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Characterisation of oil sludges from different sources before treatment: high-field nuclear magnetic resonance (NMR) in the determination of oil and water content

Ramirez, D., Kowalczyk, R. M. and Collins, C. D. (2019) Characterisation of oil sludges from different sources before treatment: high-field nuclear magnetic resonance (NMR) in the determination of oil and water content. Journal of Petroleum Science and Engineering, 174. pp. 729-737. ISSN 0920-4105

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To link to this item DOI: 10.1016/j.petrol.2018.11.078


Oil sludges are wastes from the oil industry containing complex mixtures of oil hydrocarbons, water, sediments, and heavy metals. These wastes are of main importance for the petroleum industry since it is estimated that more than a billion tons have been stored worldwide. There are several types of oil sludges, but the oil tank bottom sludges are the most studied. Therefore, it is necessary to analyse a variety of oil sludges to establish a detail characterisation, with fast and reliable methods before selecting a suitable treatment. Five sludges were analysed in this study: an oil drilling, oil refinery, oil-water separator, and two waste engine oil sludges. This is a rare report detailing the use of high-field (500 MHz) nuclear magnetic resonance (NMR) to determine oil and water contents in oil sludges, which are more commonly analysed by low-field NMR (below 100 MHz). The proposed NMR procedure was validated by the analysis of oil-water calibration standards (experimental errors < 15%). There was a good agreement among the data obtained from the 1D proton spectra and the Carr-Purcell- Meiboom-Gill (CPMG) T2 decays (percentage differences < 5%). The T2 decays data showed that all sludges had only two components attributed to oil and water, and their relative ratios were determined. The sediment content was determined by the oven-drying method, and the oil hydrocarbon fractions and trace elements were assessed. The oil sludges presented different ranges in the oil, water, sediment and heavy metals contents. The higher presence of C10-C18 aliphatic fractions in the oil from the sludges was an indicator of the potential to be reused as diesel fuel. The sludges had potentially toxic elements (PTEs) values under the limit of the landfilling standards established by the European Union, except for the WSS sludge. Ca and Fe had the highest concentrations in all sludges, which are characteristic of these wastes. The techniques used in this study can be an alternative for a rapid characterisation of the oil sludges, so their most appropriate treatment can be established.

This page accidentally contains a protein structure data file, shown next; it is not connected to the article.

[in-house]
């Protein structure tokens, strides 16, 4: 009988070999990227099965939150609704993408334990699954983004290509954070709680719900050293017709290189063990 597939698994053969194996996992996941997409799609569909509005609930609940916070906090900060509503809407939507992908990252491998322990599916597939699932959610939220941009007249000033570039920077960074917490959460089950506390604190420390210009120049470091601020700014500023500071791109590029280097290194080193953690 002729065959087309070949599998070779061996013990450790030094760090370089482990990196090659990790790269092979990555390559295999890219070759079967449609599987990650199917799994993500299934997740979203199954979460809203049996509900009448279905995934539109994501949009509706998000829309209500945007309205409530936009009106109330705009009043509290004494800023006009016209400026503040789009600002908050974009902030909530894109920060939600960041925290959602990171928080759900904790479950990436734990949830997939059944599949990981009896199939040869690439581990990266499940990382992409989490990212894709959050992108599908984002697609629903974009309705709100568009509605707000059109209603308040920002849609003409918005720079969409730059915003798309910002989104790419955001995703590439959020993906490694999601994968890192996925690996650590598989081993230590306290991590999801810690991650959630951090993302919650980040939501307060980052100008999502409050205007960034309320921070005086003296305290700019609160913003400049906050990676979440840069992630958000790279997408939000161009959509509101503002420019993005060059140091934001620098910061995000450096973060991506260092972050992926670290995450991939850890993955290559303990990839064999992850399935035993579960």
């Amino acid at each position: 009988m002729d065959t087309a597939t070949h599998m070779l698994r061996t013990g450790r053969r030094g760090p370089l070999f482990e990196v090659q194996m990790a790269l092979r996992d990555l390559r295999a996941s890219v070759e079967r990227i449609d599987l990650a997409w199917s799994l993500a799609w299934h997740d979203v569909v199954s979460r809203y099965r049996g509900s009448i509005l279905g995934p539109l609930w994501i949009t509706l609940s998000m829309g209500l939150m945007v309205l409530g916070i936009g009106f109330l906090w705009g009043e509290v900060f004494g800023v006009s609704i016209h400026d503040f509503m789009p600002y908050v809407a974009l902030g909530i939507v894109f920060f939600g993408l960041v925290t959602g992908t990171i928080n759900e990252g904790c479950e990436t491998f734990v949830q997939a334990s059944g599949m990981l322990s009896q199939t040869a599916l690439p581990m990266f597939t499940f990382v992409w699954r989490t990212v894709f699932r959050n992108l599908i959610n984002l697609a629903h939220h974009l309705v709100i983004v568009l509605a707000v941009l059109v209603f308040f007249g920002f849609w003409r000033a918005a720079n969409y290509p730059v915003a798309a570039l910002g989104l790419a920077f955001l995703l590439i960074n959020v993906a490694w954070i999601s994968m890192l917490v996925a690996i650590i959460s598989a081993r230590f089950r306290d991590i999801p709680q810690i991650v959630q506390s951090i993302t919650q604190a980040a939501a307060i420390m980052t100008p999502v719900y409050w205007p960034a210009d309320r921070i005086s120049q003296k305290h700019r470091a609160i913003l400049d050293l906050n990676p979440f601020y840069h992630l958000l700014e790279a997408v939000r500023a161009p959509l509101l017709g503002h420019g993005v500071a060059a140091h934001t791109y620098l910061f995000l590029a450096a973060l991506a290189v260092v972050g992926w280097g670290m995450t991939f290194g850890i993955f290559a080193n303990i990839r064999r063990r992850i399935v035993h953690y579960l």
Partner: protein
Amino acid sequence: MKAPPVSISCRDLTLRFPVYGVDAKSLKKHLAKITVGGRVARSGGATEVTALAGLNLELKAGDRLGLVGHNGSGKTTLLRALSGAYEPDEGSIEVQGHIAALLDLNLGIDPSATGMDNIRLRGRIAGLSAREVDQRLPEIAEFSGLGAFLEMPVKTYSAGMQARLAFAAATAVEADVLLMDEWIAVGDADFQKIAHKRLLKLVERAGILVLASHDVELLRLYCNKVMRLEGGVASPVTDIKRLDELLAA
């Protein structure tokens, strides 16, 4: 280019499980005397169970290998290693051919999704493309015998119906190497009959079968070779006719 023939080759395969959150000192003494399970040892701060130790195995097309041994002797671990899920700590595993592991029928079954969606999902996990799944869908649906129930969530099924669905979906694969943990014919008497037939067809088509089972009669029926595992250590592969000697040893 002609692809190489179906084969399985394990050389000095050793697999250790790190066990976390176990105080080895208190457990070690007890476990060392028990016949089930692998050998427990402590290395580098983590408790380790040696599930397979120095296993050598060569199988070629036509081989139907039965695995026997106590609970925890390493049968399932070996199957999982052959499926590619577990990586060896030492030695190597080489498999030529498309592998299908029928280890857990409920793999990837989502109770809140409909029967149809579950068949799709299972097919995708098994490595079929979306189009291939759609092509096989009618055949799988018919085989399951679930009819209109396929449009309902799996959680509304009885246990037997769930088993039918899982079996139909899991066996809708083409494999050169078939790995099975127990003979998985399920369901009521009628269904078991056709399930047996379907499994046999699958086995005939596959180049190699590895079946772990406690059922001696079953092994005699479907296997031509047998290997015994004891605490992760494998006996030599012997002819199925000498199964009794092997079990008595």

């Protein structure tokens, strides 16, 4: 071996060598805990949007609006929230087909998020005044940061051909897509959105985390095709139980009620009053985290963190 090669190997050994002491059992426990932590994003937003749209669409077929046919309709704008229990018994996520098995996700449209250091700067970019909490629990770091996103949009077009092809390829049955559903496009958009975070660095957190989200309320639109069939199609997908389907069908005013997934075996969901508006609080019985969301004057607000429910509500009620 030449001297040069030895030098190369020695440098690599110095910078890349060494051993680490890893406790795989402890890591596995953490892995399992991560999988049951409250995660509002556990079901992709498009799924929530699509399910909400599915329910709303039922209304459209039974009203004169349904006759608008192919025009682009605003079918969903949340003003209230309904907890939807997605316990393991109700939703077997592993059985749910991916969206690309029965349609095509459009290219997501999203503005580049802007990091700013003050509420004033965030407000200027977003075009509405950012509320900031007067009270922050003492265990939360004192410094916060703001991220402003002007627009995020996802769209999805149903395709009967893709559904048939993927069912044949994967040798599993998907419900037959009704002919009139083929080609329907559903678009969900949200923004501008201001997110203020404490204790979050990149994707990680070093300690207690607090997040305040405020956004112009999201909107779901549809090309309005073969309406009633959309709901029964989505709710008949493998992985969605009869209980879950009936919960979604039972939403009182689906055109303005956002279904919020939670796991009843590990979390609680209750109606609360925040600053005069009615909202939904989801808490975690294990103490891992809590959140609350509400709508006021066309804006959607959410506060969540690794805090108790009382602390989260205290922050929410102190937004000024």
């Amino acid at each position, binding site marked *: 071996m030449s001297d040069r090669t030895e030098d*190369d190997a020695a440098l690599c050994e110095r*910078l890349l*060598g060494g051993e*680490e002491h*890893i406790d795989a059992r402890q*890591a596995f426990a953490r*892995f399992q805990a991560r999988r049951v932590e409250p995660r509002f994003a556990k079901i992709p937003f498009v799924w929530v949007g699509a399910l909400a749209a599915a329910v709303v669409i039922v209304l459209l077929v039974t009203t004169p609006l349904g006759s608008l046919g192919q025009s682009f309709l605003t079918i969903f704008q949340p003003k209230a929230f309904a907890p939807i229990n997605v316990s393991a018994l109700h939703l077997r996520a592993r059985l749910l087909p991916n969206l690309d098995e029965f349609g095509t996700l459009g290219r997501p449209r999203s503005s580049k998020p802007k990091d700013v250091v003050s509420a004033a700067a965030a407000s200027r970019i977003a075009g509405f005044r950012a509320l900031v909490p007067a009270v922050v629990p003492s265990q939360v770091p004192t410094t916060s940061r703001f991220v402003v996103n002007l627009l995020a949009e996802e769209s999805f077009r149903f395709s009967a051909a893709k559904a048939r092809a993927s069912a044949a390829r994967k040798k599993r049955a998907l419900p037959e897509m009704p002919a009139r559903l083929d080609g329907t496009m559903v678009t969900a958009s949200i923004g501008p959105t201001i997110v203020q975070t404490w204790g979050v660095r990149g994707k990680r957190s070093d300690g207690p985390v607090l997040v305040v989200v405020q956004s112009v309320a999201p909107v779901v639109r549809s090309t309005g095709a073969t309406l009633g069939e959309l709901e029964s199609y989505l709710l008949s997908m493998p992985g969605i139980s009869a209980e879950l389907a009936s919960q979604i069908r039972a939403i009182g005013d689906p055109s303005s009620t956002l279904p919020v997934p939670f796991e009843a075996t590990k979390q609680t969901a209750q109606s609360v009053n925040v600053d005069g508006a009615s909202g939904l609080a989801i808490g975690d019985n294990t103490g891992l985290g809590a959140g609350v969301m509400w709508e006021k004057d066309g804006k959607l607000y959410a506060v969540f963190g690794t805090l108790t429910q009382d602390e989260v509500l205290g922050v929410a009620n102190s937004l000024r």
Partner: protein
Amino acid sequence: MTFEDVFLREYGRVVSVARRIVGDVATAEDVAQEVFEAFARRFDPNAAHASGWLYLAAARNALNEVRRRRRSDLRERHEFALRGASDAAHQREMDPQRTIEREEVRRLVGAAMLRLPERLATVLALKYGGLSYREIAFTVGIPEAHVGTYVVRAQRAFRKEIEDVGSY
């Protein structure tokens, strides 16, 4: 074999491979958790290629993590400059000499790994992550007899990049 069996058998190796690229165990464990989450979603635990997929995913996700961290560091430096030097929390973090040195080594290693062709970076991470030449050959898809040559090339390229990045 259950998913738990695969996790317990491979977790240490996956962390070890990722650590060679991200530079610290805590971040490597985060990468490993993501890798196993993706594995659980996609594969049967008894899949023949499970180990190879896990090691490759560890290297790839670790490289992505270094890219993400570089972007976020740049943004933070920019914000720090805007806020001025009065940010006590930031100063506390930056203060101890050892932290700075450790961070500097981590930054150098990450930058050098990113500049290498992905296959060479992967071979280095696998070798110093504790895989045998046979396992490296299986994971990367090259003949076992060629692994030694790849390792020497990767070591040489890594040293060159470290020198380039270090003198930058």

Item Type:Article
Divisions:Interdisciplinary centres and themes > Chemical Analysis Facility (CAF) > NMR (CAF)
ID Code:81029


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